It is important to examine the cell culture every day, and immediately prior to subculturing, as a means to monitor cell health, check for contamination, and determine when to split the cells. A first examination of the culture for fungal contamination, turbidity, and particles in the medium as well as unexpected pH shifts, indicated by color change of the medium, can be done at the macroscopic level by eye. However, the absence of bacterial contamination should be confirmed at high magnifications. After this, a closer check of the general cellular morphology and growth patterns should be examined using an inverted microscope. The optics of an inverted microscope are located below the specimen. Because the cells are attached to the bottom of the dish, they can be viewed easily from this perspective. Observation should take place with a total magnification of 100 – 200x and phase contrast , because most cells are difficult to observe in normal brightfield illumination.
There are many types of mammalian cell morphology, but most mammalian cells in culture can be divided into 3 categories: fibroblast cells (Chinese hamster ovary (CHO) cells), epithelial-like cells (human cervix (HeLa) cells), and lymphoblast-like cells (human leukemia (HL60) cells). In addition, certain cell lines can have specific morphological characteristics, e.g., neurons (SH-SY5Y) which have long dendritic elongations. Cell morphology is also affected by events in the cell lifecycle. During mitosis many cells become more round, forming very refractile bright spheres that may float around in the medium. Dead cells show changes in their membrane integrity, become more round, and, in the case of adherent cells, detach from the growth surface. Under a microscope, dead cells are usually not bright and refractile and may show changes in their typical membrane morphology.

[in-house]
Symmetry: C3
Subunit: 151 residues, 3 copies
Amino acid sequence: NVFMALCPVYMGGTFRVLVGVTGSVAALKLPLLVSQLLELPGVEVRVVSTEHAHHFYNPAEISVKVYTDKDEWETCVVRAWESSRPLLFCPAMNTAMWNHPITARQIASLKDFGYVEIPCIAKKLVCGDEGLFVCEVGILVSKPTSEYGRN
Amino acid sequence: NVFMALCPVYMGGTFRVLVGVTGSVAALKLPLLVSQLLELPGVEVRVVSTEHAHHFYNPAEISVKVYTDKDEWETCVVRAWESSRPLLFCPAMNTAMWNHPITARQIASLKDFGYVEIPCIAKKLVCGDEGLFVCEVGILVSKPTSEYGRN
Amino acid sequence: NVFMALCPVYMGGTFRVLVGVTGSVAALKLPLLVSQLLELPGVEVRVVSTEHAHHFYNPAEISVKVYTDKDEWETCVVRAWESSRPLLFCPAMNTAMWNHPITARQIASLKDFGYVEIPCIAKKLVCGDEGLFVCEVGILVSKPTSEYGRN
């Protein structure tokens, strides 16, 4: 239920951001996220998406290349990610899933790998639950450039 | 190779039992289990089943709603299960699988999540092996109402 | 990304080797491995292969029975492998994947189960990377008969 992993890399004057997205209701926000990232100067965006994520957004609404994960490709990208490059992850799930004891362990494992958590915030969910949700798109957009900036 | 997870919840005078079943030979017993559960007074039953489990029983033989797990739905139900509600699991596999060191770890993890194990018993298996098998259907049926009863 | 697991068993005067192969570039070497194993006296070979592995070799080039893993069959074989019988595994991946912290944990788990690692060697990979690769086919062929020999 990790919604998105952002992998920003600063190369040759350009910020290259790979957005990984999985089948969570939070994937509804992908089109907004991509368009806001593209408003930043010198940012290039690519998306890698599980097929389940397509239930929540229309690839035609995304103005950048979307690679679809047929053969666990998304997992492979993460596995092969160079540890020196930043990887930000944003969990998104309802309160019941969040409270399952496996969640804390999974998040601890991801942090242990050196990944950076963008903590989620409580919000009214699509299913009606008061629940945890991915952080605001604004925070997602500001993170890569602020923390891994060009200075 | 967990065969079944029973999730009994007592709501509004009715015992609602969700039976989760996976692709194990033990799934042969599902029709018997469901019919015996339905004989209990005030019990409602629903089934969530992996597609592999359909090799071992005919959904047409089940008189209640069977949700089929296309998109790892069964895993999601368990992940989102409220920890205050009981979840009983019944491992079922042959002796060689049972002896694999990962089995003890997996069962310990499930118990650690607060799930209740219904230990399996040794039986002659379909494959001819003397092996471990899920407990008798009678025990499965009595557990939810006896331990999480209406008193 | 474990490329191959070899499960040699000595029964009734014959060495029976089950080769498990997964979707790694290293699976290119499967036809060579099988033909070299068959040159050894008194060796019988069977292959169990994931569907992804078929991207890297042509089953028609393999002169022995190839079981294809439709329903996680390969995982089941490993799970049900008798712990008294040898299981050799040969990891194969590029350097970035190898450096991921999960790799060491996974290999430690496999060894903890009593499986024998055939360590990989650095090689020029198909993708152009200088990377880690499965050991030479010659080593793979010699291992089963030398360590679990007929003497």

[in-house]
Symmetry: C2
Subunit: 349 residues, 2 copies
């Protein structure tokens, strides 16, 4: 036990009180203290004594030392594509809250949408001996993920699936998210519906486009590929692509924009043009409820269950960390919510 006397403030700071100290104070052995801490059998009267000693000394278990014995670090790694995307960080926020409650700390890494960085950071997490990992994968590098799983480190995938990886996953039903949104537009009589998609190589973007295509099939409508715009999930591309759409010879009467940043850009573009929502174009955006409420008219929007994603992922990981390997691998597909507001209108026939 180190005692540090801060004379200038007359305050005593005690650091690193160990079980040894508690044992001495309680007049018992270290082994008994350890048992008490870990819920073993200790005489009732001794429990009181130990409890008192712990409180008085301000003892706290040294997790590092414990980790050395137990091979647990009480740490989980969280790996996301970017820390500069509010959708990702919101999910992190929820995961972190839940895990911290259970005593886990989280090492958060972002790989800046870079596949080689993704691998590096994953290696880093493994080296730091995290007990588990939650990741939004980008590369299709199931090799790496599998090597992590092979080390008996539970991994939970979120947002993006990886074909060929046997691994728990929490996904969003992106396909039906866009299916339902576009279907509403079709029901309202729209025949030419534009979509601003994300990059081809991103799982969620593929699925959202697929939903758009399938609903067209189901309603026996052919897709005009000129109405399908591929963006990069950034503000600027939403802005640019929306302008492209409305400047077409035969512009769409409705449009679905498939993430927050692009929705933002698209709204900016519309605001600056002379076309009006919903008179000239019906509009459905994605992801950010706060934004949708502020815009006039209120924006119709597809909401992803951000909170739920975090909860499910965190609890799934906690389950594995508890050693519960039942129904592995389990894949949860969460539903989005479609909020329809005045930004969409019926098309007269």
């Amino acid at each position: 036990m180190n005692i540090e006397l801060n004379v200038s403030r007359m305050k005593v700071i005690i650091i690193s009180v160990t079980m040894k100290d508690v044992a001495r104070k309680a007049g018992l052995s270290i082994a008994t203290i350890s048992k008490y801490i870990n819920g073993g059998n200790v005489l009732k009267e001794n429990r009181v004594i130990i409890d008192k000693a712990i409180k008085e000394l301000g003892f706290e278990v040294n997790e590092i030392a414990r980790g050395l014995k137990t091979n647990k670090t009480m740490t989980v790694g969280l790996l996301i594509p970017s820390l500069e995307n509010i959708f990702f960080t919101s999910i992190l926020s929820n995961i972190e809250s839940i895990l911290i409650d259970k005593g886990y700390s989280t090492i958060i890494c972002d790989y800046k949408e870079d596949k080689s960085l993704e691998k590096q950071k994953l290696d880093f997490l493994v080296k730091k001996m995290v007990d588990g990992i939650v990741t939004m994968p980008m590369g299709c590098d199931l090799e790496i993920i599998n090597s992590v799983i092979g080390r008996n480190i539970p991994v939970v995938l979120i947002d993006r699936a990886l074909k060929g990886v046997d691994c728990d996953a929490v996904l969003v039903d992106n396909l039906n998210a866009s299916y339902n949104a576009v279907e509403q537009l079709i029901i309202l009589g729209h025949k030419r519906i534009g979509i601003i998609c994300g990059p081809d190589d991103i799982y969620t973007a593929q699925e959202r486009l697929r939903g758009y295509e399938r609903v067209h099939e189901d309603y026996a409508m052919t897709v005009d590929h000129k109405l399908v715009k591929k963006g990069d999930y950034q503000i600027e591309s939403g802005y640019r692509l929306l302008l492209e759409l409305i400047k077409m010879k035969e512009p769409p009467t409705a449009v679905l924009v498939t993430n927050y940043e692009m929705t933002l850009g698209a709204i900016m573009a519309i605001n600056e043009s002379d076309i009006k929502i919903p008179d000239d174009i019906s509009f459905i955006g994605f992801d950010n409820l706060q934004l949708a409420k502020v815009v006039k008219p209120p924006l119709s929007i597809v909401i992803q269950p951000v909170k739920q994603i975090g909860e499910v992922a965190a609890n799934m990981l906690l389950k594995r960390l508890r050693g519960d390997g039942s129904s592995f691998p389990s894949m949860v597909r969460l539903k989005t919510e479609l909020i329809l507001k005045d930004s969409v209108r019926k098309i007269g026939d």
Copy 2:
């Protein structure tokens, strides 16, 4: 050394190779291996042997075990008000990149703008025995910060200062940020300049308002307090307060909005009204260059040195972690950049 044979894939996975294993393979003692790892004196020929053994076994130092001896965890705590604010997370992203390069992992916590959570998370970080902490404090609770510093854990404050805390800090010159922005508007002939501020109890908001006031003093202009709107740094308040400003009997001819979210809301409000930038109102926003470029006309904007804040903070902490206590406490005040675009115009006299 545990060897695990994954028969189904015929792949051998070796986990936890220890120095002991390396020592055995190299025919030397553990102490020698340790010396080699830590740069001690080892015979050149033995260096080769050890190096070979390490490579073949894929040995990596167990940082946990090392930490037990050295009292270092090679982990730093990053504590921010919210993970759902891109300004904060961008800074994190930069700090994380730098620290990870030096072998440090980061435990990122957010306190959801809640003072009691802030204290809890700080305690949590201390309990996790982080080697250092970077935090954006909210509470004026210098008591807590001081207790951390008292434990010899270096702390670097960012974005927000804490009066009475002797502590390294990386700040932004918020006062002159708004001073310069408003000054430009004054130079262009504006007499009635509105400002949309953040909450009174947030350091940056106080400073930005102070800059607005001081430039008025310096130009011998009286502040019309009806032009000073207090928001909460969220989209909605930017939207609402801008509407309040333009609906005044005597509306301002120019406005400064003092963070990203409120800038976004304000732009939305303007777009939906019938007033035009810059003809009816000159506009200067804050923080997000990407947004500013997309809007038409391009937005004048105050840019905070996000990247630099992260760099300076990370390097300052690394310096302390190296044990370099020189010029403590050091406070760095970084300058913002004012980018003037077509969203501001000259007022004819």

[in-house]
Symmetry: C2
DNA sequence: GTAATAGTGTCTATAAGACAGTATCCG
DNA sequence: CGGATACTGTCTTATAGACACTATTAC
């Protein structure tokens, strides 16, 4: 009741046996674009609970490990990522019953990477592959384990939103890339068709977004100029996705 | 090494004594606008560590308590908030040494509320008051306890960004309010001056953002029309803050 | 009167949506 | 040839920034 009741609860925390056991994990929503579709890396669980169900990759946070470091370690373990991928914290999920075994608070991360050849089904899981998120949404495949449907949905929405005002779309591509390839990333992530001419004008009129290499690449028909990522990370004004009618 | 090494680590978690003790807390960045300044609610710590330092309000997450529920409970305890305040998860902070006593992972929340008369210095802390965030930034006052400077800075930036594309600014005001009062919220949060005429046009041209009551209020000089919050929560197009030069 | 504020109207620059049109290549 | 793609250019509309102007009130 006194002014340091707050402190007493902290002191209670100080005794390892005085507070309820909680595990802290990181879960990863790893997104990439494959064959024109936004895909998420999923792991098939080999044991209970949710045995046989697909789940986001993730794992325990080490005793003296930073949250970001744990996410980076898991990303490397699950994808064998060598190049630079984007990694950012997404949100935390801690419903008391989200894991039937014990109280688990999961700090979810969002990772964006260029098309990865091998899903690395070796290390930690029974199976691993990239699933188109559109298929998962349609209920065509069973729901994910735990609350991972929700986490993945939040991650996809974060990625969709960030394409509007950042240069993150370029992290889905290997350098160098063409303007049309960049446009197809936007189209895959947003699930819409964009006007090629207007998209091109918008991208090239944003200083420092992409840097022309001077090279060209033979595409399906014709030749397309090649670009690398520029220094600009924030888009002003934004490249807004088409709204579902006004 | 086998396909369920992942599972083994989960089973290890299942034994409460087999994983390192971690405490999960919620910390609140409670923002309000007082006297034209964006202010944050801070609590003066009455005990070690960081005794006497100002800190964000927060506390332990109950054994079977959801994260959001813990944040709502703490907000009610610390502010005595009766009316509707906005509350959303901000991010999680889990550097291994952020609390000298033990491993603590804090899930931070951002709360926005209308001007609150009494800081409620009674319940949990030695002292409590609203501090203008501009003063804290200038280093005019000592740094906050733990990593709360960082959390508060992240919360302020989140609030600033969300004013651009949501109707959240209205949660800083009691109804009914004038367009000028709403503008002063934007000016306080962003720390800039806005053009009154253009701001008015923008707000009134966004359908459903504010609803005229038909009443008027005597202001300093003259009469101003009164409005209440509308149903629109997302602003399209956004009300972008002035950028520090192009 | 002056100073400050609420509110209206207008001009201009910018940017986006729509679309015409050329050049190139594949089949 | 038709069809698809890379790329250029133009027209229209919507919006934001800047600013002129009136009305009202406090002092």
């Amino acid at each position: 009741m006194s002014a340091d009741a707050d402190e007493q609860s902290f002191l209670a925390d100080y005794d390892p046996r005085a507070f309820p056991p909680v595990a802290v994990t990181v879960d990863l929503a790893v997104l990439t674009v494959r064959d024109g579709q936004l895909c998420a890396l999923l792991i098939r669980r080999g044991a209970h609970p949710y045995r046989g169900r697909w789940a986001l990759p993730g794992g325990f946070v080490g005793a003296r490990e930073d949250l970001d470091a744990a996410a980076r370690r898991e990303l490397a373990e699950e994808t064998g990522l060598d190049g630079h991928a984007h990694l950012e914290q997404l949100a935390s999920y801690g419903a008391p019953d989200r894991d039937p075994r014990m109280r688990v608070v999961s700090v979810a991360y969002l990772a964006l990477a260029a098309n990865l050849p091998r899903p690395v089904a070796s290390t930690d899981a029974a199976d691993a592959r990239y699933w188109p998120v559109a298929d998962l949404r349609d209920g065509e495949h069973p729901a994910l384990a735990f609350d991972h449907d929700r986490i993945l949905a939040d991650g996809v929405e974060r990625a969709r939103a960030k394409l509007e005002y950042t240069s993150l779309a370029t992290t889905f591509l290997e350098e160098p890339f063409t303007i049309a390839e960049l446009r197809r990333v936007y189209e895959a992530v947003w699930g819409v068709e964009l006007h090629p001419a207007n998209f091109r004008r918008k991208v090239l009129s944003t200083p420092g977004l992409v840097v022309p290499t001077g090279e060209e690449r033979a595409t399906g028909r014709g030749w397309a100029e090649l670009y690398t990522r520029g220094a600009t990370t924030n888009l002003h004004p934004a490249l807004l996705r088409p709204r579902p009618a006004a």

Various cell lines not only differ in size and shape, but also in their growth behavior. They either grow as adherent cells (fibroblastic and epithelial cells) or in suspension (lymphoblast-like cells). Most adherent cell lines grow as a single cell layer (monolayer) attached to glass or treated plastic substrates (e.g., coated with poly-lysine, fibronectin, collagen, or gelatin).
How can I subculture my cells?
The most common method to prepare cells for subculture is by breaking the intercellular and cell-to-substrate bonds with proteolytic enzymes like trypsin. Trypsin in combination with Ethylenediaminetetraacetic acid (EDTA) causes cells to detach from the growth surface. Trypsin cuts away the focal adhesions that anchor the cell to the culture dish and EDTA acts as a calcium chelator.
Depending on the cell type or downstream experiments, other proteases may be used as an alternative to trypsin, such as natural collagenases or synthetic dissociation cocktail solutions.
By removing calcium, cadherins which are involved in cell-cell interactions are broken and the cells separate from one another. Once no longer bond to the growth surface and surrounding cells, they can be easily separated and grown in new cell culture dishes. Cell culture conditions and subculture methods vary for each cell type. Figure 2 describes the basic steps in the subculture workflow. During the whole subculture process, it is important to work in a contamination-free environment. Examination of the cells at the beginning, during trypsinization, cell counting, and after splitting is essential. For consistent results and tracking of experiments, maintaining good records and documentation is also important.
The following protocol describes the basic principles of the subculture routine for Madin-Darby canine kidney (MDCK) cells grown in a 90 mm petri dish. These are epithelial cells isolated from the distal tubules of a dog. In culture, they grow adherently and form a monolayer of polygonal cells after they have reached confluence.
The following material and equipment are needed for subculture:
- Medium pre-warmed to 37° C (for MDCK cells: MEM with 5%